Botswana Info

Some things to know before visiting Botswana

Here's information on the basic requirements for entering Botswana, as well as links to more information.

(Click on a heading to view the information)

Entry/Exit Requirements

A passport is required. and most nationalities are permitted stays up to 90 days without a visa. For additional information on entry requirements, travelers may contact the Embassy of the Republic of Botswana

In an effort to prevent international child abduction, many governments have initiated special procedures at entry/exit points. These often include requiring documentary evidence of relationship to the person traveling with the child and permission for the child's travel from the parent(s) or legal guardian not present. Having such documentation on hand, even if not required, may facilitate entry/departure.

Climate

The seasons in Botswana are indistinct. Rains generally start in October or November and persist through to March or April. Within that period there may be long dry spells. In April, temperatures begin to fall and May is generally regarded as the first month of the dry, cool winter, characterised by clear sunny days and cold nights.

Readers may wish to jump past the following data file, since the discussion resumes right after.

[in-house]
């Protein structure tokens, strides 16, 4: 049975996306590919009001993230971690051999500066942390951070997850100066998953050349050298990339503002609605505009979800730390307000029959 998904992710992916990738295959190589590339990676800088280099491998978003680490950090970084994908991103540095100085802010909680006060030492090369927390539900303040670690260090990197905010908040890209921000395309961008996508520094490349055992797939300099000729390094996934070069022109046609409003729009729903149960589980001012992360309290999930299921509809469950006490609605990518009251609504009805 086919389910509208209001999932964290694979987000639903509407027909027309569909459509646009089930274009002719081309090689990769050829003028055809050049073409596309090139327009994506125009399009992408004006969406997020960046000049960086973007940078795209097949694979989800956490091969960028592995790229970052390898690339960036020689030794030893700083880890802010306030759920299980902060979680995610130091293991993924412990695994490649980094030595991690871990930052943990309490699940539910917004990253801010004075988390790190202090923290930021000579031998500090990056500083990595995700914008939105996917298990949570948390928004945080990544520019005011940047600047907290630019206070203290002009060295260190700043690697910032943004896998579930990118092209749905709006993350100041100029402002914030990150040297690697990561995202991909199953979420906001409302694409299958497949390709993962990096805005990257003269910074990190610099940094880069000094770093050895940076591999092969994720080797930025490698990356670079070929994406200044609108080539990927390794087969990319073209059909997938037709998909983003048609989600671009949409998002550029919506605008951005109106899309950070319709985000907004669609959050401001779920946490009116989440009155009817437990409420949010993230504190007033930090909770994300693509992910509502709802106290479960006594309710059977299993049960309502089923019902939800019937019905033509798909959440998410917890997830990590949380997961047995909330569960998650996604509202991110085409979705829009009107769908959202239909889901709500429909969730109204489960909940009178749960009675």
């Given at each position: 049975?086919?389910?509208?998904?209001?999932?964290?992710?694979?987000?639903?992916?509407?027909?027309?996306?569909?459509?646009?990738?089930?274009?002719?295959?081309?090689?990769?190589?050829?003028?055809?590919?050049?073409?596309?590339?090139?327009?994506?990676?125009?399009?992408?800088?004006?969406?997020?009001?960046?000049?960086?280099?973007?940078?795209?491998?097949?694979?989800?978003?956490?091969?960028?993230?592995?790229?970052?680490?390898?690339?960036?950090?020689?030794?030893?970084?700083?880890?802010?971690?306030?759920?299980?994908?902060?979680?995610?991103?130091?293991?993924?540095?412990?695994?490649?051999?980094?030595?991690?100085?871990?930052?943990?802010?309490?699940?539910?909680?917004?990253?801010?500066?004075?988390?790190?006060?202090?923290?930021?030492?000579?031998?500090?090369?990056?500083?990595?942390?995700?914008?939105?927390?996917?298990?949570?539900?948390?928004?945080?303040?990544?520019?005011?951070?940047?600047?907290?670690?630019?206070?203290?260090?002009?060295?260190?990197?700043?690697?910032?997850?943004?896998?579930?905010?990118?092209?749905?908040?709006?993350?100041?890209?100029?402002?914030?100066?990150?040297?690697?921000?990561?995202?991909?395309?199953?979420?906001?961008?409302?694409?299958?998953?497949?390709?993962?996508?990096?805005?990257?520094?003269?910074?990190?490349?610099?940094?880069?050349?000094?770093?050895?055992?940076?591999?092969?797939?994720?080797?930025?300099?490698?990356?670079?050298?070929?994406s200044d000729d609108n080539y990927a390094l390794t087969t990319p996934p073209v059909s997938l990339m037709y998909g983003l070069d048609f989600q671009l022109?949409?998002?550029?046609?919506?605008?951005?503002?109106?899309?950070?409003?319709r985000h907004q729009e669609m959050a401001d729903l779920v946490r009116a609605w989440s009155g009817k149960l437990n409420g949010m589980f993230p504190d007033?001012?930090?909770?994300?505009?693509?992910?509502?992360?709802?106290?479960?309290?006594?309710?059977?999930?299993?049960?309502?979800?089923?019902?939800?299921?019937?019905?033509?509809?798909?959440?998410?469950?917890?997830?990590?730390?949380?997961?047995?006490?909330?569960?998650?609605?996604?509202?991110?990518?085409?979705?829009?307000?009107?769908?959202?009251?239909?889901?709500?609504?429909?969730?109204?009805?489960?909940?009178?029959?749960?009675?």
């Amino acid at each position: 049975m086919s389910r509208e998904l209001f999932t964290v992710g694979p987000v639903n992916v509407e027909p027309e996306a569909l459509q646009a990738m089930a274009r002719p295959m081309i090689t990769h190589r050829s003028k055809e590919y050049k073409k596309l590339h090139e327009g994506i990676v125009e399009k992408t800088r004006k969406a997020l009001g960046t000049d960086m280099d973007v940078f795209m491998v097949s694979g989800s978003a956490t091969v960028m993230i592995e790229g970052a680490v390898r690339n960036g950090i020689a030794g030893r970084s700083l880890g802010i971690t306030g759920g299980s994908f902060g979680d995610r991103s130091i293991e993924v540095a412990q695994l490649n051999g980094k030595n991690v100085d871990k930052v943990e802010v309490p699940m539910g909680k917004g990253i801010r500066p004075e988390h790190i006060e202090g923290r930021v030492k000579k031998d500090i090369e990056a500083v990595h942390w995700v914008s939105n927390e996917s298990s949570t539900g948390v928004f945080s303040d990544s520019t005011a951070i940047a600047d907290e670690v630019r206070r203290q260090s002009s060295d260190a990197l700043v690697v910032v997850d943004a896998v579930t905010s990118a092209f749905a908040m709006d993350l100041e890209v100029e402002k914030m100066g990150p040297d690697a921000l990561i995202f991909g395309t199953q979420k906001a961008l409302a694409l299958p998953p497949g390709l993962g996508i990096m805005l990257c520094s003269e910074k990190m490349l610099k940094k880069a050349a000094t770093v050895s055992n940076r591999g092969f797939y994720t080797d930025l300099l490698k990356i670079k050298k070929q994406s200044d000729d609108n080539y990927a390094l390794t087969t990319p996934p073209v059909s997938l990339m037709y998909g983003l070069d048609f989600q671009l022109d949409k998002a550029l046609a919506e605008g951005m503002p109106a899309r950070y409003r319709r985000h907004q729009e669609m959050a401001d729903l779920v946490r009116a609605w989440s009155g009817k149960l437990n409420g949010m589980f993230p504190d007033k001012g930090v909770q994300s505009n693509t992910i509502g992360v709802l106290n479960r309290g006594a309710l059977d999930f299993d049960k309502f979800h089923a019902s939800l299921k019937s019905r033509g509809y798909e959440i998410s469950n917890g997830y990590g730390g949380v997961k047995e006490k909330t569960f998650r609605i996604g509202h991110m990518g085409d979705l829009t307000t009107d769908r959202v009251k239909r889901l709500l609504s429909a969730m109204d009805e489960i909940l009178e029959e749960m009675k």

Spring begins in August and temperatures rise rapidly during the hot, dry period of September, October and November until the rains again break.

Medical Facilities

Medical facilities in Gaborone and Francistown are adequate, but available facilities in other areas are limited. Well-equipped emergency rooms and trained physicians are available. Malaria is only a problem if one is traveling in the north of the country. Malaria prophylaxis is not required in Gaborone.

Laws and illegal activities

  • Persons convicted of unlawful dealing or possession of illegal drugs such as cannabis (known locally as motokwane or dagga) are subject to harsh punishments.
  • Prior permission is required to import firearms and munitions.
  • Possession of pornographic material is illegal.
  • Homosexuality is still an offence under law in Botswana, but is seldom pursued by the police or prosecuted in court anymore.
  • It is prohibited to take photographs of military and government installations.
  • Always ask permission before photographing individuals.
  • Traffic drives on the left.
  • An International Driving Permit is recommended.

 

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